2 remove stray quote mark
source | link

"No" or "Ohi"

In Greece they celebrate "Ohi Day" or "No Day" to commemorate the day that Greek prime minister Ioannis Metaxas rejected the ultimatum made by Italian dictator Benito Mussolini on 28 October 1940 allegedly with a simple "No".

Wikipedia reports that his actual reply was "“Alors, c’est la guerre!” (so this is war!)."

References:

https://www.warhistoryonline.com/instant-articles/nuts-five-best-responses-surrender-ultimatums-history.html

https://en.wikipedia.org/wiki/Ohi_Day

"No" or "Ohi"

In Greece they celebrate "Ohi Day" or "No Day" to commemorate the day that Greek prime minister Ioannis Metaxas rejected the ultimatum made by Italian dictator Benito Mussolini on 28 October 1940 allegedly with a simple "No".

Wikipedia reports that his actual reply was "“Alors, c’est la guerre!” (so this is war!)."

References:

https://www.warhistoryonline.com/instant-articles/nuts-five-best-responses-surrender-ultimatums-history.html

https://en.wikipedia.org/wiki/Ohi_Day

"No" or "Ohi"

In Greece they celebrate "Ohi Day" or "No Day" to commemorate the day that Greek prime minister Ioannis Metaxas rejected the ultimatum made by Italian dictator Benito Mussolini on 28 October 1940 allegedly with a simple "No".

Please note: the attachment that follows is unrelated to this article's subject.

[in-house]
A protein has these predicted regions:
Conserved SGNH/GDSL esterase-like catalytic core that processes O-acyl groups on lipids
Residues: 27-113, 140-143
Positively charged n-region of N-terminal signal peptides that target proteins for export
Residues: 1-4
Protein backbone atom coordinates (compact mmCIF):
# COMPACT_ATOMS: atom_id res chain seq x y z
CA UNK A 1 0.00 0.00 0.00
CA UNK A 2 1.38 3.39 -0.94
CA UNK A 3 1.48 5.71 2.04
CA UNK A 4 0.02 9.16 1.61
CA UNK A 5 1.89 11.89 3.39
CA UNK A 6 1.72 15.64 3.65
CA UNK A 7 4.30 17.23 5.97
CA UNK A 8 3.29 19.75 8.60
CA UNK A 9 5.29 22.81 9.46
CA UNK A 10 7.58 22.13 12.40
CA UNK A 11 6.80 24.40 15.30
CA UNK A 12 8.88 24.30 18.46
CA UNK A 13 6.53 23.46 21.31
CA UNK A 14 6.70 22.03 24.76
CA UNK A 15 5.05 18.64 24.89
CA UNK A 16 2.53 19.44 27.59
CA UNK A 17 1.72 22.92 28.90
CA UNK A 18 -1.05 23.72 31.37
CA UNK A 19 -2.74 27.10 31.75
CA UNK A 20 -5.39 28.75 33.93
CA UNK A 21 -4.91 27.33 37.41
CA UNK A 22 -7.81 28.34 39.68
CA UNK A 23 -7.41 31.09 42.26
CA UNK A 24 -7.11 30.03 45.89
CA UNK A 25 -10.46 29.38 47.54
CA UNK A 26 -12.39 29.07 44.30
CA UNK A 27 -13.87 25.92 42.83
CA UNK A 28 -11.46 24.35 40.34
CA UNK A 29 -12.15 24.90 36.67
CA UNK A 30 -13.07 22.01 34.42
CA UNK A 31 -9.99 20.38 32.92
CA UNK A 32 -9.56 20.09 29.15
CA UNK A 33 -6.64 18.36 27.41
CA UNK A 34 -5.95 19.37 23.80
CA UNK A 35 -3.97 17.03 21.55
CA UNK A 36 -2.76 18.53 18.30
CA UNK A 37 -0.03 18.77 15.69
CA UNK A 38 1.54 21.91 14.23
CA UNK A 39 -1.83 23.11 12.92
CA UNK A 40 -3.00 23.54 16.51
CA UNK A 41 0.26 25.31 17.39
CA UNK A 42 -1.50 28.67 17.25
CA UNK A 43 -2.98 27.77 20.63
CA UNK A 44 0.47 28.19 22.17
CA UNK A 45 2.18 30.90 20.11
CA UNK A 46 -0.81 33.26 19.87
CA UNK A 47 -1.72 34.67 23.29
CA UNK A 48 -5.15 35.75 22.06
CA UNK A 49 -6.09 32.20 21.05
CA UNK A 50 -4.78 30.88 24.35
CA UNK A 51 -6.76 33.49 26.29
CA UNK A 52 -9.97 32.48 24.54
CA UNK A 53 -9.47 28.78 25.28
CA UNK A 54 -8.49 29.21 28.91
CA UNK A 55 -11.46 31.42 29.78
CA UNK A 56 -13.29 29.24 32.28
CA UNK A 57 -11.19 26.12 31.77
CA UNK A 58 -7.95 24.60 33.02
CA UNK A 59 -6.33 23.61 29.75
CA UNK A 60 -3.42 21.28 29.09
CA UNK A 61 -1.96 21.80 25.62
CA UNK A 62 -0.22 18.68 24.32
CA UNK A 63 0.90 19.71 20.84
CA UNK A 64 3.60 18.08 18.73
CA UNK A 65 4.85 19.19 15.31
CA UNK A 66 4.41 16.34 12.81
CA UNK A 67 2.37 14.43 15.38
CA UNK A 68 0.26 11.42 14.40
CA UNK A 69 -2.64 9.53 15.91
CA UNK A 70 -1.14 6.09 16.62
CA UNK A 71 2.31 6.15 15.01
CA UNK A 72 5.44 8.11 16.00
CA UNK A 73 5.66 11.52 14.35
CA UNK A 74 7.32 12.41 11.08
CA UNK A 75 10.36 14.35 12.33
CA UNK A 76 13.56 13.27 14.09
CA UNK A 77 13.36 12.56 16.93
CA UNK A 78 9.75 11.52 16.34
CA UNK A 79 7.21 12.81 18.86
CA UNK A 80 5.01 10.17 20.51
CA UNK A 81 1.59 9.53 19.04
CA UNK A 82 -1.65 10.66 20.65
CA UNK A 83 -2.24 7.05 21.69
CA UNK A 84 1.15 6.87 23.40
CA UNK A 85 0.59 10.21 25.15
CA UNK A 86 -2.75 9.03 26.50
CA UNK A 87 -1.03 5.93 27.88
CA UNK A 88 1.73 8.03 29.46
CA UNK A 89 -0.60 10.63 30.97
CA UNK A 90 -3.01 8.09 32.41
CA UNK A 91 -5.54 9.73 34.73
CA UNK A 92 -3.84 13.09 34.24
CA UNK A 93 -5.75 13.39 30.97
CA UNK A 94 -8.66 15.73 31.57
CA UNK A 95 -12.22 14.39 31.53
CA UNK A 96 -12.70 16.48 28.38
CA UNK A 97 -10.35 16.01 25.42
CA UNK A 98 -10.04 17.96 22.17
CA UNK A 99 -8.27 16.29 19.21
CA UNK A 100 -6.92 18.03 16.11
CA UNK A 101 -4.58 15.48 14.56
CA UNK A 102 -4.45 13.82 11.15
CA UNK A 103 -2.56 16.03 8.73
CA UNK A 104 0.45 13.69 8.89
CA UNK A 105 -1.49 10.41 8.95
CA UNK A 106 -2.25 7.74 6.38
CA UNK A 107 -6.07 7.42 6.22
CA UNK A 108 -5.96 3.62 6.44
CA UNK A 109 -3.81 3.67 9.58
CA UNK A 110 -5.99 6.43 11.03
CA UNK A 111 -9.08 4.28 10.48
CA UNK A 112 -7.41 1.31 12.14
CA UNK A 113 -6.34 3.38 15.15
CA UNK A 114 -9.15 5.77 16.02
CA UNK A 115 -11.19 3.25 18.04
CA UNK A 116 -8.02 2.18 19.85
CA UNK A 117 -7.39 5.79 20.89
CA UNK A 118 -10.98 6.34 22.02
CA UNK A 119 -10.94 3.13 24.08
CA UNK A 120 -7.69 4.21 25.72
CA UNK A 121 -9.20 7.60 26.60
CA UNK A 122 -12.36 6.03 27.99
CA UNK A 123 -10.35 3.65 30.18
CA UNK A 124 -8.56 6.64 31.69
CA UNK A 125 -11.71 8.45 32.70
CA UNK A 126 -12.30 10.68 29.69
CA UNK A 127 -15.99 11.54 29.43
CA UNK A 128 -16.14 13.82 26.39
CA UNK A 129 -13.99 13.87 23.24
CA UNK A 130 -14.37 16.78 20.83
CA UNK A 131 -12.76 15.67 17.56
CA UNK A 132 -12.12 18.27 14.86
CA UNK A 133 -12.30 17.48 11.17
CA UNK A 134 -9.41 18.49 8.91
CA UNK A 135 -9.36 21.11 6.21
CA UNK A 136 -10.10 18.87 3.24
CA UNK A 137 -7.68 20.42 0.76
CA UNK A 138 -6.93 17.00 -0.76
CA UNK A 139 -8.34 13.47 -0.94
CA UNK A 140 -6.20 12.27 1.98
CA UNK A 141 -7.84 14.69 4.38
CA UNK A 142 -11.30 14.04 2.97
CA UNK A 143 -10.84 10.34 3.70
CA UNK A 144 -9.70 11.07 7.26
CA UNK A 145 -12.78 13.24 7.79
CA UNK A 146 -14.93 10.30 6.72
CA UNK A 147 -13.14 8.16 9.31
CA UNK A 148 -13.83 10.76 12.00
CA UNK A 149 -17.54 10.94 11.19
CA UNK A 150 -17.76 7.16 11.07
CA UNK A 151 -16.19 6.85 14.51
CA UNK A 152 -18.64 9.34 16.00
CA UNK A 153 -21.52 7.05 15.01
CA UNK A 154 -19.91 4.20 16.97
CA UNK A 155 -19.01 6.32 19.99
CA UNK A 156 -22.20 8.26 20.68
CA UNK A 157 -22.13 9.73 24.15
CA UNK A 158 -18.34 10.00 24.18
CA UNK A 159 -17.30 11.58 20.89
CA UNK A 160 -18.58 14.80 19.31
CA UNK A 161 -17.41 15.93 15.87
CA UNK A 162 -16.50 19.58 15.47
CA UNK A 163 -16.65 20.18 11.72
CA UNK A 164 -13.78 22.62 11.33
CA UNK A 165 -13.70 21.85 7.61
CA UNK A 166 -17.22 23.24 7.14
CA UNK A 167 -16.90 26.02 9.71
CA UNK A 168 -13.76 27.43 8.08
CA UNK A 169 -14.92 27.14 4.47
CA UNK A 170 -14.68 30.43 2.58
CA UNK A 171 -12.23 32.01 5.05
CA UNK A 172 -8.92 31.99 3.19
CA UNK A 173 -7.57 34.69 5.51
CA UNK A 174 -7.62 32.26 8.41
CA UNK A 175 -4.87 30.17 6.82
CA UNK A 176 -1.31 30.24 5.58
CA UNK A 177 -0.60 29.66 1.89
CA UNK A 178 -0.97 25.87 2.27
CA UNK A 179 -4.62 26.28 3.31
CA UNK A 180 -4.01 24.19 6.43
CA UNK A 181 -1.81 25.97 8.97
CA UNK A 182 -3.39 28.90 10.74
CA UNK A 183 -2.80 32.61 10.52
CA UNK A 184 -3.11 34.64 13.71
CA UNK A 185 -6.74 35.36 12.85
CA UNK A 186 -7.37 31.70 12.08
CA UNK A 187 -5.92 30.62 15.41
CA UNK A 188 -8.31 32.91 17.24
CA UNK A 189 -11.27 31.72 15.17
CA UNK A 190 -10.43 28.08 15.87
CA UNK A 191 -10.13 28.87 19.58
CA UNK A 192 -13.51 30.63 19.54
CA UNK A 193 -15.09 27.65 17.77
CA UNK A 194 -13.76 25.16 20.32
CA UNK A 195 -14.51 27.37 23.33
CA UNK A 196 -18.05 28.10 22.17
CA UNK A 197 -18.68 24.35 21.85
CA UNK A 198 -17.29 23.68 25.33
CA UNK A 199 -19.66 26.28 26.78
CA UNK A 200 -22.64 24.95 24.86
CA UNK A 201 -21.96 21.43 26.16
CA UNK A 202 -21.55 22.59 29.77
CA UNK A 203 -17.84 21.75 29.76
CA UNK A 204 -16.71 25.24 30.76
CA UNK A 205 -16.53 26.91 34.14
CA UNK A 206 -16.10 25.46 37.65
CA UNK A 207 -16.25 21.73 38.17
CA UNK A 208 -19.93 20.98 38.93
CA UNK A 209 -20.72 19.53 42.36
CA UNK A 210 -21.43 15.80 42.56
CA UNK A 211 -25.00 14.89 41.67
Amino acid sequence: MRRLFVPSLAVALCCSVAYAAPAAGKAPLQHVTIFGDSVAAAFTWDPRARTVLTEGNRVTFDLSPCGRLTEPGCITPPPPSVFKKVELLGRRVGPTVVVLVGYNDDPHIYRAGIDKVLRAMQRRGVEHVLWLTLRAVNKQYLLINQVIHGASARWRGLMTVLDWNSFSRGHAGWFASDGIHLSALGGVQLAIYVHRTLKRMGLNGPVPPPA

Wikipedia reports that his actual reply was Alors, c’est la guerre!” (so this is war!).

References:

https://www.warhistoryonline.com/instant-articles/nuts-five-best-responses-surrender-ultimatums-history.html

https://en.wikipedia.org/wiki/Ohi_Day

1
source | link

"No" or "Ohi"

In Greece they celebrate "Ohi Day" or "No Day" to commemorate the day that Greek prime minister Ioannis Metaxas rejected the ultimatum made by Italian dictator Benito Mussolini on 28 October 1940 allegedly with a simple "No".

Wikipedia reports that his actual reply was "“Alors, c’est la guerre!” (so this is war!)."

References:

https://www.warhistoryonline.com/instant-articles/nuts-five-best-responses-surrender-ultimatums-history.html

https://en.wikipedia.org/wiki/Ohi_Day